The proposed program would allow students to individualize their courses of study in consultation with a committee. It was first approved by the GSAS Executive Committee in December 2010, and the senate's Education Committee took up the proposal in February 2011, before requesting more information about the program in February of this year.
“We are still working on addressing those [questions] because other matters have taken precedence,” GSAS Dean Carlos Alonso said in an email.
Alonso said that he appeared before the Education Committee to answer some of its questions in December, and that additional details are still being ironed out.
“Dean Alonso is concerned with these master's programs because we charge serious tuition for them, and in order to do that, we need to ensure that they are of the highest quality for the people who pay this money,” pathobiology professor and GSAS Executive Committee member Richard Kessin said.
The consulting firm McKinsey and Company also recommended the creation of an “interdisciplinary individual study” master's program in a report on the Arts and Sciences last summer, after GSAS had already begun developing one.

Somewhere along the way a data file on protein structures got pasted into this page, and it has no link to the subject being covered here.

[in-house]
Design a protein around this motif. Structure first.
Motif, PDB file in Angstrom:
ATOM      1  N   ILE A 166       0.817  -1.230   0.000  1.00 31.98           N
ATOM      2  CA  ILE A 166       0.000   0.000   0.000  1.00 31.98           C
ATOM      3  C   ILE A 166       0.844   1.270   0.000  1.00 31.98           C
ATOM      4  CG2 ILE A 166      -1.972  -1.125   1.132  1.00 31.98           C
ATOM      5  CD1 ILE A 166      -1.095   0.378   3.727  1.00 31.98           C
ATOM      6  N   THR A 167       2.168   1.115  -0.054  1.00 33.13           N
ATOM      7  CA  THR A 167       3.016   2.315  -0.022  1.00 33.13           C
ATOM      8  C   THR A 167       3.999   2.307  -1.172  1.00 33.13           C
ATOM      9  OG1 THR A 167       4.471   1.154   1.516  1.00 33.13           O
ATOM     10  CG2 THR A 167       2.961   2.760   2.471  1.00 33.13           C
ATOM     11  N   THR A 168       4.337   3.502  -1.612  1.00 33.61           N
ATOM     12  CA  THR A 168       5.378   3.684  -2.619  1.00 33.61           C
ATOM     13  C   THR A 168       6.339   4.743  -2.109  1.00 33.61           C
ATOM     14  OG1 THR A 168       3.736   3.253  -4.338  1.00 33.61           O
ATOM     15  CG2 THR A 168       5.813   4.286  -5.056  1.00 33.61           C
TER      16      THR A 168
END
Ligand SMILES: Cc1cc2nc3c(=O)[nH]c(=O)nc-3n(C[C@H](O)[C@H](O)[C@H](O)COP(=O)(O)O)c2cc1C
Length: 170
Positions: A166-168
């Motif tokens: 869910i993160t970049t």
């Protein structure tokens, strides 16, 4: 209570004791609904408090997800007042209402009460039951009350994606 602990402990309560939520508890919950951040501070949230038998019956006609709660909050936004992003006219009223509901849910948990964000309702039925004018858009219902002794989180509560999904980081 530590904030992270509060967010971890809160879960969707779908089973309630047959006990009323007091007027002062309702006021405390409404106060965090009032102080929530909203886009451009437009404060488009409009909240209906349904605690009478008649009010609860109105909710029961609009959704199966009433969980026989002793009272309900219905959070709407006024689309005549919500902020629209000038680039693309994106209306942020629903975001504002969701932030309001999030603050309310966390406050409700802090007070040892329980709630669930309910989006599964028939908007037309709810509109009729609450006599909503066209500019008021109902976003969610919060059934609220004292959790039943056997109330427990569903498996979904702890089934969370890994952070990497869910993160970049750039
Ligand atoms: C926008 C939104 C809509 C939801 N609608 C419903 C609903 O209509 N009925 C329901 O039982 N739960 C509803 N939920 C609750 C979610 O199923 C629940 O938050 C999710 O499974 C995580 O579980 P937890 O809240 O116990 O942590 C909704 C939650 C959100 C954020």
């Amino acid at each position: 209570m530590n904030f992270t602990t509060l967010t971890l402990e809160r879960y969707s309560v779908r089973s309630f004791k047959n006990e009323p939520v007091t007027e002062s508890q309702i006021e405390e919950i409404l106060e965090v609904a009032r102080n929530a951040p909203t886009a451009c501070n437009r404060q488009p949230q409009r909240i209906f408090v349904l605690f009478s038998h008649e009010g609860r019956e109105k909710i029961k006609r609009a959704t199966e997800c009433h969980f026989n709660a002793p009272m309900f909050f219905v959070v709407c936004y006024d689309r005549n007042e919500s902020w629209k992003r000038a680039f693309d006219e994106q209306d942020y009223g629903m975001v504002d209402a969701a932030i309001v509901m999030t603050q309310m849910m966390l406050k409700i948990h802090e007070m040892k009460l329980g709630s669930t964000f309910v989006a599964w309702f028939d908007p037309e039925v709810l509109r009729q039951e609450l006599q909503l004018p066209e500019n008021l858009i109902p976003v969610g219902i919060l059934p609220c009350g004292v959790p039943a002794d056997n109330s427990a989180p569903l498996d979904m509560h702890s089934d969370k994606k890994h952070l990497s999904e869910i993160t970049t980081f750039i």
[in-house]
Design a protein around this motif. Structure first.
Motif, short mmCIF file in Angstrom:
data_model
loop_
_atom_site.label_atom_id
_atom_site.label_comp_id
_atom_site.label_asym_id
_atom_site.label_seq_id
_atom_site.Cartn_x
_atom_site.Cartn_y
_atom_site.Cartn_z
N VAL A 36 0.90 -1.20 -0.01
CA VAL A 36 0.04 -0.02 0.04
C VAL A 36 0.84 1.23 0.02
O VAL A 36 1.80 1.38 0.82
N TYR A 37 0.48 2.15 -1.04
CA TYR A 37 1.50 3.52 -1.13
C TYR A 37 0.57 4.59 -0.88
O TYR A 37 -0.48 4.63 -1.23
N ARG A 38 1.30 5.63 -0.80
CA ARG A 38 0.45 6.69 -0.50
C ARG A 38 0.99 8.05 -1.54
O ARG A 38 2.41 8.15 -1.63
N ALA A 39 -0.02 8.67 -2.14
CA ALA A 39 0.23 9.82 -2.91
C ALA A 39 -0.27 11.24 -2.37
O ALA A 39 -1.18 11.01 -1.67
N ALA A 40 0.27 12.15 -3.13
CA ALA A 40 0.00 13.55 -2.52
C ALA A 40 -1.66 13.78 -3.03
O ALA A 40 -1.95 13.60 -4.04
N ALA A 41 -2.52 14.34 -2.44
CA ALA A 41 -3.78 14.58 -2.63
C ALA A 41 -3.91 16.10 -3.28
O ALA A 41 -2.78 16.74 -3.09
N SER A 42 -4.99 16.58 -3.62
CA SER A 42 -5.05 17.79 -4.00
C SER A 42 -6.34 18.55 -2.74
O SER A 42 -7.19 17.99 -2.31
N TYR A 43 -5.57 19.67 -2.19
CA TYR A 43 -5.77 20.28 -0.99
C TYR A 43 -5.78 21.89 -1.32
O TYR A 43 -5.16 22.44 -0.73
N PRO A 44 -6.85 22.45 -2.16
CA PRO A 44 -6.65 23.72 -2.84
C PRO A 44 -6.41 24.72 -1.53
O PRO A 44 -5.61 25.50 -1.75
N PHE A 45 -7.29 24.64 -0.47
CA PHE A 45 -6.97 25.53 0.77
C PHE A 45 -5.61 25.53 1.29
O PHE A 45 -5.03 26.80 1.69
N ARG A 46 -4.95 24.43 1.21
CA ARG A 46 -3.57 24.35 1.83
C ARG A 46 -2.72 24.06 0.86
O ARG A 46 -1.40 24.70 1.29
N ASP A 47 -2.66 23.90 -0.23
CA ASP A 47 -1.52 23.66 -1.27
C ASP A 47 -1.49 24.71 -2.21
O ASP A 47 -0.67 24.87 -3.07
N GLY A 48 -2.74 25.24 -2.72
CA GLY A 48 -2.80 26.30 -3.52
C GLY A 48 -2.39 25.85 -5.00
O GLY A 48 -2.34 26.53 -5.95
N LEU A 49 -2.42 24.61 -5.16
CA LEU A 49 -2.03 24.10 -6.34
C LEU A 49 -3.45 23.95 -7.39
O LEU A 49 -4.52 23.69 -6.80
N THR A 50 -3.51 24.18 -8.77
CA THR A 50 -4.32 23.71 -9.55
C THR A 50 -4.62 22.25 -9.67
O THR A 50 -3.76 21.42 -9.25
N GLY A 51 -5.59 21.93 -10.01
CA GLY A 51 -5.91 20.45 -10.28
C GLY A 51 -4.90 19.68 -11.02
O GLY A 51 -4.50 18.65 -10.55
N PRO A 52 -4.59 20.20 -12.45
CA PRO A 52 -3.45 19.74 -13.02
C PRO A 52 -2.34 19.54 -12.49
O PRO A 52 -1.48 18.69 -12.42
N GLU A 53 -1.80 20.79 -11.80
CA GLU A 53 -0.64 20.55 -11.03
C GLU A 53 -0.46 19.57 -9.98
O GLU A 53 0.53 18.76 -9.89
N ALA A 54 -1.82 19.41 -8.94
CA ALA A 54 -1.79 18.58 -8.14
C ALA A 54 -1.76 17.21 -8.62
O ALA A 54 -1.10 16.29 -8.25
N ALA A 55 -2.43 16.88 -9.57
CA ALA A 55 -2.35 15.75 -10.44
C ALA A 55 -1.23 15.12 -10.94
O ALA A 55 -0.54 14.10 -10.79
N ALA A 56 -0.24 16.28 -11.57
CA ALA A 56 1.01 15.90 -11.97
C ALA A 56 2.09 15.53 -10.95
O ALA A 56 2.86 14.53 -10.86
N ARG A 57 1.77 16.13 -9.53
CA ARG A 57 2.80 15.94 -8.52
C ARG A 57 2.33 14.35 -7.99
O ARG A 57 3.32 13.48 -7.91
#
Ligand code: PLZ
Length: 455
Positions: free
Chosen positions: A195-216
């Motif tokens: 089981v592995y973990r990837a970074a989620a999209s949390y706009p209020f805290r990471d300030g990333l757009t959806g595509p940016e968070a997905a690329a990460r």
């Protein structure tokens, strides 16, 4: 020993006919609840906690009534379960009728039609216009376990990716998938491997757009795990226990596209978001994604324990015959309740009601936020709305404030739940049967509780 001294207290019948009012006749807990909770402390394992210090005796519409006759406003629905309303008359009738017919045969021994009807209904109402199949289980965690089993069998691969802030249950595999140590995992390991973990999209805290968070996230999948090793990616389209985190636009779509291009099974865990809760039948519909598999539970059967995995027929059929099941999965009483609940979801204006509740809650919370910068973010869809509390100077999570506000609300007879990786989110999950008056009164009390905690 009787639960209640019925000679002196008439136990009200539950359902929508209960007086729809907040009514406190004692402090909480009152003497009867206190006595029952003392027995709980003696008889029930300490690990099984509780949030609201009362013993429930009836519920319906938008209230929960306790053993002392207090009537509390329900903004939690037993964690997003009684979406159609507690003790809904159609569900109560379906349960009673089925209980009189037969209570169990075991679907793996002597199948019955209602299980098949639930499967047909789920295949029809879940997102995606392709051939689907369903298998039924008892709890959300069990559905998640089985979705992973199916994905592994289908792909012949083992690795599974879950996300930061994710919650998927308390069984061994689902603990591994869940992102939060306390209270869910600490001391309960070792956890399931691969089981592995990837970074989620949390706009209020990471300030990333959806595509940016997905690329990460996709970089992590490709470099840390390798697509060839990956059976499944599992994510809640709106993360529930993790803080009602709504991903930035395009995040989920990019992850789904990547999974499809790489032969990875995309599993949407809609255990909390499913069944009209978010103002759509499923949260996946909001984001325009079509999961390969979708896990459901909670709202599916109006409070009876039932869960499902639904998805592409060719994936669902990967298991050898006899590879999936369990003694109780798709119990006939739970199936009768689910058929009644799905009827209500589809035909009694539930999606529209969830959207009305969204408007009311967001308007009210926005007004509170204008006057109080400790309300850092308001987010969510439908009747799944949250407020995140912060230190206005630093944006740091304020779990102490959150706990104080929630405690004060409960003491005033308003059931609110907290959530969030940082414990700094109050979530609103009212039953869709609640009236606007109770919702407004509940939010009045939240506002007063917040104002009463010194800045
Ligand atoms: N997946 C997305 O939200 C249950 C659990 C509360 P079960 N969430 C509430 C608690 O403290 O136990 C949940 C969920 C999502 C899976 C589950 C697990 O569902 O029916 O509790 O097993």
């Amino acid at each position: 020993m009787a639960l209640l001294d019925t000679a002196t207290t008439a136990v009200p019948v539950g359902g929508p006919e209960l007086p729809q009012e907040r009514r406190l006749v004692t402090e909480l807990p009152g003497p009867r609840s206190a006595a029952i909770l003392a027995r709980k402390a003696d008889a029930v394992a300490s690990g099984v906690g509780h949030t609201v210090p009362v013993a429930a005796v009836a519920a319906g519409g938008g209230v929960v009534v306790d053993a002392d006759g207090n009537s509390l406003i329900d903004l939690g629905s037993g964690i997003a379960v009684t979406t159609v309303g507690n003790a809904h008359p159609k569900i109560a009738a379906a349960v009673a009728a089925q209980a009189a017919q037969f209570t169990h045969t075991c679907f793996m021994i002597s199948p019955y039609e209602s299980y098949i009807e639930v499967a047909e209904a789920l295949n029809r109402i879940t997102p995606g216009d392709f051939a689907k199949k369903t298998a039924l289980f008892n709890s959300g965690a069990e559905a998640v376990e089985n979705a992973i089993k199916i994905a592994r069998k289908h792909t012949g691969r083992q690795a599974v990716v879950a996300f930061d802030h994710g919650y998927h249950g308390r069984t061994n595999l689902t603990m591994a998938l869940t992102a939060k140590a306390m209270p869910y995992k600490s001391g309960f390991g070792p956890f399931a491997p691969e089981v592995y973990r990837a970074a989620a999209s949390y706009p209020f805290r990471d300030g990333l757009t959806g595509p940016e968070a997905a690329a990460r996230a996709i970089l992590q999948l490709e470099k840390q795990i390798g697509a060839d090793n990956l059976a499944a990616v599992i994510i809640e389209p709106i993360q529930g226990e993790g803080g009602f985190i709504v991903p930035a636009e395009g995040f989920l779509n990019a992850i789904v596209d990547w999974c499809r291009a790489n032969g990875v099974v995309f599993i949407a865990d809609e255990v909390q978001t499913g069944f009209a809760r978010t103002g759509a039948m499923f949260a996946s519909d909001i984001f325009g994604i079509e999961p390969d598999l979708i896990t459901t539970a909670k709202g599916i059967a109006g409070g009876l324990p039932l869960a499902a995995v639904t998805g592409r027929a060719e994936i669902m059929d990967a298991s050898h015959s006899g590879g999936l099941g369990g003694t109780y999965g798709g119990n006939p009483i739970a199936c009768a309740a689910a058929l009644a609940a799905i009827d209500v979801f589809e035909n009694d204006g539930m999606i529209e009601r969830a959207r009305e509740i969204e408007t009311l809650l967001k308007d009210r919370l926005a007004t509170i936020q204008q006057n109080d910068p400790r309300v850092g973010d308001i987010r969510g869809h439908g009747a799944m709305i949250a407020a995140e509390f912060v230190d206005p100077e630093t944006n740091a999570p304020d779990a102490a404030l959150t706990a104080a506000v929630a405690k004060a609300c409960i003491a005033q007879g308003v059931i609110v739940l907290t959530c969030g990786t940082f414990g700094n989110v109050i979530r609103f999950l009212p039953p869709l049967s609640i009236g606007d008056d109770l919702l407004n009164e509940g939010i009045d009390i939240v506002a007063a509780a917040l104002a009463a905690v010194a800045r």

A summary of the McKinsey report advises Columbia to increase enrollment in master's programs, which generate substantial revenue because there is little financial aid for master's students. The summary suggests the creation of the interdisciplinary master's program and an economics master's program and also says that administrators should “focus enrollment increases on six high-demand programs with marginal additions in smaller programs.”
Columbia College Interim Dean James Valentini, one of three members of the new executive committee for the Arts and Sciences, said that while “money's always a consideration because we need money to operate,” the development of new master's programs and curricular offerings for undergraduates is first and foremost an academic issue.
“If we decide to do something, the first thing we decide is, Does this make sense intellectually?'” Valentini said. “Then naturally, you're going to ask, Is this going to cost me money, or is this going to earn me money?' And if it's going to cost me money, you want us to make sure there's a benefit somewhere else.”
“And if it earns you money,” he added, “you're going to want to ask, How can I use that to improve other parts of the operation?'”
Alonso, who became interim GSAS dean in August 2010, said that the interdisciplinary master's program was one of the first initiatives he took on as dean and that it was “inspired in the existing, long-standing, and successful program at NYU's Gallatin School.”
Varun Char and Sammy Roth contributed reporting.